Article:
Slowly Changing Dimensions (Type 6) the basics

Preserving historical data in a Data Warehouse (DWH – Business Intelligence)
Slowly Changing Dimensions (Type 6)

For business users or data analysts that directly access data marts in Excel or directly from the database/cube, it can be hard to understand how Slowly Changing Dimensions (SCDs) work.
To make things easier, I wrote this small ‘whitepaper’ about the In’s and Out’s of Slowly Changing Dimensions.

Let me know if I’ve missed anything 🙂

Preserving historical data in a Data Warehouse

PowerPivot Memory error: Allocation failure

Did you receive this error message from PowerPivot?

Memory error: Allocation failure : Not enough storage is available to process this command. .
The operation has been cancelled.

PowerPivot-32bits-memory-error-allocation-failure-full

PowerPivot-32bits-memory-error-allocation-failure

Well…you’re probably using PowerPivot’s 32-bits version, more info: InstallPowerPivot.com

“The PowerPivot add-in runs as an extension of Excel and the PowerPivot Vertipaq in-memory engine loads within the same process space. As 32-bit Excel is limited to a 2GB virtual address space. Once you start adding up all of the uses of those virtual addresses, you will find that the largest PowerPivot workbook that you can create on a 32-bit machine is something like 500-700MB. Excel, all of the add-ins, the in-memory database itself and all of the rest just takes up lots and lots of space.” by Dave Wickert

Open Task Manager and locate Excel:

Excel-32bits-task-manager

In my case, it’s not causing any problems since I’m not near the 500 to 700 MB of memory usage.

What shall I do?
– Close all other PowerPivot workbooks which are active (if there are any)
– Reduce the imported datasets/tables by applying filters (in the Table Import Wizard)
– Close Excel (and all PowerPivot workbooks) to clear the memory and re-open that particular PowerPivot workbook
– Install the 64-bits version of PowerPivot (also requires a 64-bits version of Microsoft Excel), more info: InstallPowerPivot.com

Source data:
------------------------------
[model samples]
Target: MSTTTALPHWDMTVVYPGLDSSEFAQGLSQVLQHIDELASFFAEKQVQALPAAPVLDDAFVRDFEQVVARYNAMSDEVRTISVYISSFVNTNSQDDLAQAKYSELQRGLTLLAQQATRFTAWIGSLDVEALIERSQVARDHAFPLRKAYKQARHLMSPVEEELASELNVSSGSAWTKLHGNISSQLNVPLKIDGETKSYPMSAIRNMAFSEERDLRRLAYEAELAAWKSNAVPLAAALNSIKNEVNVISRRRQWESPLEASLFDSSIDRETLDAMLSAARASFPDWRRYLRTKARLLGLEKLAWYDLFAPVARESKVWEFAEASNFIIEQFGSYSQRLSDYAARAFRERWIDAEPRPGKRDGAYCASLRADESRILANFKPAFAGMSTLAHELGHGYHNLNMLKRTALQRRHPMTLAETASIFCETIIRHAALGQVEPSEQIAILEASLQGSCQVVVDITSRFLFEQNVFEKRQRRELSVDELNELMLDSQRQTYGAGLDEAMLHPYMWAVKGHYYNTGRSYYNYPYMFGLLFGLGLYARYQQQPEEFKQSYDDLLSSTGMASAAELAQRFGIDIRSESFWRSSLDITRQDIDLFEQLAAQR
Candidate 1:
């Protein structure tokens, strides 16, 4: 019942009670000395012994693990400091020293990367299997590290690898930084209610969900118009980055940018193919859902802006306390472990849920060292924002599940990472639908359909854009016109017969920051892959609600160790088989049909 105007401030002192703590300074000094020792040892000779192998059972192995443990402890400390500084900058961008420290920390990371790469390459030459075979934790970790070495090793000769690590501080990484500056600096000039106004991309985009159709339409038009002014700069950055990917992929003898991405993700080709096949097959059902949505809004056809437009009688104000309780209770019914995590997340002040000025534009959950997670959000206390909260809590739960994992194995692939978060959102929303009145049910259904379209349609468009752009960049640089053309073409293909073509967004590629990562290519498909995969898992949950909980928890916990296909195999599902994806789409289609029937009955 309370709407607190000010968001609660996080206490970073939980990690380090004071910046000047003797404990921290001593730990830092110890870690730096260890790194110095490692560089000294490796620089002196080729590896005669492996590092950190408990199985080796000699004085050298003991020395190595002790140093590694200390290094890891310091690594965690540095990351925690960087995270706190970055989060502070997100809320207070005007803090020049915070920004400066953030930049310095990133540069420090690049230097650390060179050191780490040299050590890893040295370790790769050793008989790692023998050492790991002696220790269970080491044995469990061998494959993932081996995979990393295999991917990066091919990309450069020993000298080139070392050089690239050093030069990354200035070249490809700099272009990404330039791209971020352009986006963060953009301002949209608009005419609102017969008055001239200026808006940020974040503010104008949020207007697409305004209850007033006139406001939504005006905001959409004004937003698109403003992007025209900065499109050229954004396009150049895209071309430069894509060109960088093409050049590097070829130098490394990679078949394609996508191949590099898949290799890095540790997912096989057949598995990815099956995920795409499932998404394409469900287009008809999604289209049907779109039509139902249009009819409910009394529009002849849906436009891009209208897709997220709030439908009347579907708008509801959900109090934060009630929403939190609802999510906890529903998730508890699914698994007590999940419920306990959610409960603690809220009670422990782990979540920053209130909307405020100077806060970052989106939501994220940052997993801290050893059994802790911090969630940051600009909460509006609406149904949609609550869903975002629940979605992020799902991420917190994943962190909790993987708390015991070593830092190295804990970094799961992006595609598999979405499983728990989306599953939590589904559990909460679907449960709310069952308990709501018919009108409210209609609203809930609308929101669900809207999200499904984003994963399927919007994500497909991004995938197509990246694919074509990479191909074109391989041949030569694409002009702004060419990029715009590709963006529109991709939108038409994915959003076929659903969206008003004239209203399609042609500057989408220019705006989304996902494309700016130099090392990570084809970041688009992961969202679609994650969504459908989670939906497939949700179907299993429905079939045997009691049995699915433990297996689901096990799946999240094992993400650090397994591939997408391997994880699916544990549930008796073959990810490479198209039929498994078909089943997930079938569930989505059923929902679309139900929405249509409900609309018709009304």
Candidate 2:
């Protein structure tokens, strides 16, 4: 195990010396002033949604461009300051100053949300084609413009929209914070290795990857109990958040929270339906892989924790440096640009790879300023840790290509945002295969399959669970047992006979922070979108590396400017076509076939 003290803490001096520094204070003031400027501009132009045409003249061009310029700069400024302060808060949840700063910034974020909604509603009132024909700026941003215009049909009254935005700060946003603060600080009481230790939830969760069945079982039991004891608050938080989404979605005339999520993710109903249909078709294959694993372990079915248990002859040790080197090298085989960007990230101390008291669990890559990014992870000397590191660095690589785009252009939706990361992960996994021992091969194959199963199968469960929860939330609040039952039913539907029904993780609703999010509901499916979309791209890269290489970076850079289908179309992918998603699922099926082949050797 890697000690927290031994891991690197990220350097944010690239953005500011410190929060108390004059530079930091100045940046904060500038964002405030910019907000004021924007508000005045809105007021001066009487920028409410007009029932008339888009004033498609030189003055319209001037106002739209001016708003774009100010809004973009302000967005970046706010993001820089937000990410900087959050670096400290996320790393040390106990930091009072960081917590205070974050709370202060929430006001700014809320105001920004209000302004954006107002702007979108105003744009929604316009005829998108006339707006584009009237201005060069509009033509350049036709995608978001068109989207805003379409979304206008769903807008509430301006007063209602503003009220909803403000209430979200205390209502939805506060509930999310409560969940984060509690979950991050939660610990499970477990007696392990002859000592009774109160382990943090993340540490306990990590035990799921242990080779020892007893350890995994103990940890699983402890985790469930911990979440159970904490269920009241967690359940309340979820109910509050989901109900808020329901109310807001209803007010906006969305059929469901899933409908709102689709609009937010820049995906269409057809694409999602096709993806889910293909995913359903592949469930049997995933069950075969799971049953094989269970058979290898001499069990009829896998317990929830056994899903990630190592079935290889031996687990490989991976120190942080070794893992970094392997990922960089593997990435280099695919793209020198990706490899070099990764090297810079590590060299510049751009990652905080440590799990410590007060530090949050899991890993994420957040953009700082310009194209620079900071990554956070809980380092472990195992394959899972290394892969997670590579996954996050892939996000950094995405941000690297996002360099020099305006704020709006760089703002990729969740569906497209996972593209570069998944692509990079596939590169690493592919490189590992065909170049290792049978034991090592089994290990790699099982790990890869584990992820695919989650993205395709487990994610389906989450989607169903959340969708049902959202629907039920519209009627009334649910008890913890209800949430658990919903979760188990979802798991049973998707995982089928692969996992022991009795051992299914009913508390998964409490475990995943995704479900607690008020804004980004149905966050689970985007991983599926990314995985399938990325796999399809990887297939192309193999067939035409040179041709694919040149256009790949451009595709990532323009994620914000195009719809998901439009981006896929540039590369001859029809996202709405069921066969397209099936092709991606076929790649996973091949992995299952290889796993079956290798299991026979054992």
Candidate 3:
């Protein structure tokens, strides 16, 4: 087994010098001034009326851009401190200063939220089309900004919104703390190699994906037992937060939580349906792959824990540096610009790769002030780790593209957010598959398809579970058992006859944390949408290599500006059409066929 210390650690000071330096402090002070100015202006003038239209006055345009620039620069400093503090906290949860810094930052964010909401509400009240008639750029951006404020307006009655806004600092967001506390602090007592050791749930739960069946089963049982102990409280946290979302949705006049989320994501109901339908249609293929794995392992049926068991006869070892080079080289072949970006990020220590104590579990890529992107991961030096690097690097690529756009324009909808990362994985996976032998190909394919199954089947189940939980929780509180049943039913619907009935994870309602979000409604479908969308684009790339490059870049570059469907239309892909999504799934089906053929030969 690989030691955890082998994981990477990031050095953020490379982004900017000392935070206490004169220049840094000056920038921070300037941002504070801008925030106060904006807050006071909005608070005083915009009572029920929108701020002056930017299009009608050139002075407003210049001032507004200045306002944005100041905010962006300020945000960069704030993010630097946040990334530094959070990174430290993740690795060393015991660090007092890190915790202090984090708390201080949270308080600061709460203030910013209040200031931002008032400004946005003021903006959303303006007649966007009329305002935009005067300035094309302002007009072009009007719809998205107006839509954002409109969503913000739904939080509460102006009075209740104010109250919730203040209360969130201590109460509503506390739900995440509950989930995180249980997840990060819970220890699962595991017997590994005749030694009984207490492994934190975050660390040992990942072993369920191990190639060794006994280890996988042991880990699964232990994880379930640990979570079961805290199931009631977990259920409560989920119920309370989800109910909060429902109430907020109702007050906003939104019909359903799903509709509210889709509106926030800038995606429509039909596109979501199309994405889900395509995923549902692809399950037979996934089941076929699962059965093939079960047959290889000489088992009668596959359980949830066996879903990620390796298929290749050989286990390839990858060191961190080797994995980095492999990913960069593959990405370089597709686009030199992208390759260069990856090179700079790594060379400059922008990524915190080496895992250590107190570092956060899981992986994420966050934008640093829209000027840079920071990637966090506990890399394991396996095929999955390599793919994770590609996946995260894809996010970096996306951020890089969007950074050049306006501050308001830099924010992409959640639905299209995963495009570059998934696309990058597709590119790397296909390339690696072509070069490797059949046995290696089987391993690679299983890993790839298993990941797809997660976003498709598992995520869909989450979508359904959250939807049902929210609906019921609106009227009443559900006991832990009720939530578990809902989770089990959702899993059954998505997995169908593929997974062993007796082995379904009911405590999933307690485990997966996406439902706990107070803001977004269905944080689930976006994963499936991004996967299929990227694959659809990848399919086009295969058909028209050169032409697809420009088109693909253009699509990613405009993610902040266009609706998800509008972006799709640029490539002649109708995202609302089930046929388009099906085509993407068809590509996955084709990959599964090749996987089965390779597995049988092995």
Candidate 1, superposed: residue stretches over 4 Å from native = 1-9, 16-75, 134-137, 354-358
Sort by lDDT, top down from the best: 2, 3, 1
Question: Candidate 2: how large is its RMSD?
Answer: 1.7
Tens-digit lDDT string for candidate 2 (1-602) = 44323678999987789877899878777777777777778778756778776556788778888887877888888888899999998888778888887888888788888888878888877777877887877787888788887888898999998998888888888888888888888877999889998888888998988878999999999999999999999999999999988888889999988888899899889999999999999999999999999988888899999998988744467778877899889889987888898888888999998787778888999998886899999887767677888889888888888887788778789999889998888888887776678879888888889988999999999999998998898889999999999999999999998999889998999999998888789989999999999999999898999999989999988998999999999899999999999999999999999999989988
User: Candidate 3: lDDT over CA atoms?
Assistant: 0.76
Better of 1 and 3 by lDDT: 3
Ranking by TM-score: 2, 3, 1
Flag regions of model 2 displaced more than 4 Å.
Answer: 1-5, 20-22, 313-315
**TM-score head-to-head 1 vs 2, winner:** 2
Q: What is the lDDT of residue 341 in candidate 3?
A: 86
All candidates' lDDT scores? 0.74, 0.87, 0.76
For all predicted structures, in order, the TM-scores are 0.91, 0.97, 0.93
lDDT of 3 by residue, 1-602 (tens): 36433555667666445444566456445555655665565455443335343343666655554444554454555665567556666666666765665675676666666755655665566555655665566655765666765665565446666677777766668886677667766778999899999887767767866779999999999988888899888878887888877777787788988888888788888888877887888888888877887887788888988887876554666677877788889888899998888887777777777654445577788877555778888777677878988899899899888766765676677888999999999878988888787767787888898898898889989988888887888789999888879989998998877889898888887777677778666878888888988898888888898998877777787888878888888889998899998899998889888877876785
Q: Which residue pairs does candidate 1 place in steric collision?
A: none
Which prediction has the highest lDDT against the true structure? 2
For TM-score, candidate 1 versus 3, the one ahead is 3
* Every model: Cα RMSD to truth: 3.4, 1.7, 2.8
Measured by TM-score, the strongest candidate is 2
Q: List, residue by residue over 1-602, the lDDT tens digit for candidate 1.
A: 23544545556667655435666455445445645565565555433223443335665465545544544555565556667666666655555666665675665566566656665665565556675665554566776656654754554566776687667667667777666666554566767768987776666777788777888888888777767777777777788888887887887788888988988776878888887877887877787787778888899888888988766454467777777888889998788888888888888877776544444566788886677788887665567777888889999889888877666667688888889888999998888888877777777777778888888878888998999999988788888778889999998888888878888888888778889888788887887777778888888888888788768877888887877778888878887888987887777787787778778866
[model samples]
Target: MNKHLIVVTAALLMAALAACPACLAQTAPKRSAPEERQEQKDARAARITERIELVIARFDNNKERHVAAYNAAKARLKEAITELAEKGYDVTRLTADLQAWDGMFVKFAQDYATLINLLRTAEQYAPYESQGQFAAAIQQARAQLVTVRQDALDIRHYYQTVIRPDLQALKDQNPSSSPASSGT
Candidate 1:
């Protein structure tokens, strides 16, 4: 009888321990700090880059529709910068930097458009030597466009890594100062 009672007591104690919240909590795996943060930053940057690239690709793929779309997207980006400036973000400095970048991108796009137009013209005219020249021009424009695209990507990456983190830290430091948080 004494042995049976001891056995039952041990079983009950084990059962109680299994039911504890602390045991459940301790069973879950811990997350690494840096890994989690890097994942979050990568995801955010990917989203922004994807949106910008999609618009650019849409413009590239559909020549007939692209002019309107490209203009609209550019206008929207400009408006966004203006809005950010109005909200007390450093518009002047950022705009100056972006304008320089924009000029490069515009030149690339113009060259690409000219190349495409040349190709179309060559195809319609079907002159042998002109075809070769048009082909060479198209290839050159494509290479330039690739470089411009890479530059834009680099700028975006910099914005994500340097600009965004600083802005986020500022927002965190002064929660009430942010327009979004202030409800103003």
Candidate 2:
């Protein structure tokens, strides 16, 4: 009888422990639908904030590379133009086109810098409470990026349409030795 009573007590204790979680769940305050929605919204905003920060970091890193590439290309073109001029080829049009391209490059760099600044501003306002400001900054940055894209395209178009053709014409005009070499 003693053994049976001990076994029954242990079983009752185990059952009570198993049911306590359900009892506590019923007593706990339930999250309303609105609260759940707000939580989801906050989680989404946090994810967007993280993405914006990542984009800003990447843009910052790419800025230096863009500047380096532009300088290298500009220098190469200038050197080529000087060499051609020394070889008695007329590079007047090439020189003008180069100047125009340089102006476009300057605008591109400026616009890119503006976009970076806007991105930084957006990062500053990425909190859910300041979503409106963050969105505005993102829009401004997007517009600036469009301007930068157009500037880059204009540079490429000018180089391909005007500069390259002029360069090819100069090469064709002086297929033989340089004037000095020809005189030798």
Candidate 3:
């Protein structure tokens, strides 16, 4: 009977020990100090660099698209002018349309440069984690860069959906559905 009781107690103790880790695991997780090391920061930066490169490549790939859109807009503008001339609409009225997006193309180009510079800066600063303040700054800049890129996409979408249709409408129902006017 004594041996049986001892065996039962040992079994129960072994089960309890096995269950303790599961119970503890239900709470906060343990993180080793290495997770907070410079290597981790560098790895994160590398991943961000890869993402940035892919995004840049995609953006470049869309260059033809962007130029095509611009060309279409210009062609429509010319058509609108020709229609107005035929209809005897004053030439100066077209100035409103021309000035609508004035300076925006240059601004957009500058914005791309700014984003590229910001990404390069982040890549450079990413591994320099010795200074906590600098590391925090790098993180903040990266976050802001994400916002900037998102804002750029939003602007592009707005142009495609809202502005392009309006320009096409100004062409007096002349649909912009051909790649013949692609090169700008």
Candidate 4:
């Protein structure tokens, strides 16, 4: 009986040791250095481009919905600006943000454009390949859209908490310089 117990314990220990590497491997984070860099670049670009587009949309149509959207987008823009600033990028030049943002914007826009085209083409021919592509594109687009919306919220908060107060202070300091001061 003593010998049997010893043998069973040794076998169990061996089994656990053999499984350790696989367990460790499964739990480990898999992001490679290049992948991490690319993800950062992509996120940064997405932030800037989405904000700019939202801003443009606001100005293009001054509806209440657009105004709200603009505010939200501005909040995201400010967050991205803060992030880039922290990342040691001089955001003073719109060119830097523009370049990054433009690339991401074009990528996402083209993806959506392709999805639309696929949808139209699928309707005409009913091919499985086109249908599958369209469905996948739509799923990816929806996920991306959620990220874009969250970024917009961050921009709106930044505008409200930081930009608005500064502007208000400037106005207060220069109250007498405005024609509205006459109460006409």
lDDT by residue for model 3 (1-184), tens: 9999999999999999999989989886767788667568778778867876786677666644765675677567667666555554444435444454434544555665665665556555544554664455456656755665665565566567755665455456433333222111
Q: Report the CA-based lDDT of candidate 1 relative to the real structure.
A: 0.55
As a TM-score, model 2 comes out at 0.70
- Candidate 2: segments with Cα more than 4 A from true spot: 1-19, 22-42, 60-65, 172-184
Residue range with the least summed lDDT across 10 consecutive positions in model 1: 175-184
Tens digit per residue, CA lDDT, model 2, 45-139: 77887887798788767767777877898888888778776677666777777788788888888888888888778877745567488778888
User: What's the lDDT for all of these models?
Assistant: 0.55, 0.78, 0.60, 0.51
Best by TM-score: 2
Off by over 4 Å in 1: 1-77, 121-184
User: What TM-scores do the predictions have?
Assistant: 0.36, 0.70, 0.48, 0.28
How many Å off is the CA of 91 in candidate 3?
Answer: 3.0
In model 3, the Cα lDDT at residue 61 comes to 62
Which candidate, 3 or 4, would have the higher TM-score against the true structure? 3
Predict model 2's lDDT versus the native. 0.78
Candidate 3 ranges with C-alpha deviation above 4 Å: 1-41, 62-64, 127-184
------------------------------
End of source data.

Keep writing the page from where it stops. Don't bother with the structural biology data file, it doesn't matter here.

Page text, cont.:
DAX examples (Excel)

Found this great download on Microsoft.com

DAX in the BI Tabular Model Whitepaper and Samples

This whitepaper and sample workbook introduce Data Analysis Expressions (DAX), a formula expression language used to define calculations in PowerPivot for Excel® workbooks and Analysis Services tabular model projects authored in SQL Server Data Tools.

Overview
This DAX in the BI Tabular Model file contains two files:
– Contoso Sample DAX Formulas.xlsx PowerPivot for Excel workbook
– DAX in the BI Tabular Model.docx whitepaper

The PowerPivot workbook illustrates the data analysis expressions (DAX) discussed in the included whitepaper.

The Contoso DAX Formula Samples file contains one file:
Contoso Sample DAX Formulas.xlsx PowerPivot for Excel workbook

NOTE: To fully interact with this sample, you must have Microsoft Excel 2010 and the Microsoft PowerPivot for Excel add-in installed or SQL Server 2012 Analysis Services instance running in Tabular mode and Visual Studio 2010 with SQL Server Data Tools installed.

Want to download it? Click here.



PowerPivot Bing Maps look-a-like

I recently found this blogpost on how to create a Bing Maps look-a-like in PowerPivot and it’s actually quite easy.
Here’s how it looks like in PowerPivot:

PowerPivot-Map-Example

It’s an transparent image that lies on top of the cells in Excel:

PowerPivot-Map-Image

And here’s how it looks like once it’s deployed to SharePoint:

PowerPivot-Map-SharePoint

Want to know how he did this?
Well have a look at the blogpost, click here!



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linkedin-microsoft-power-bi-group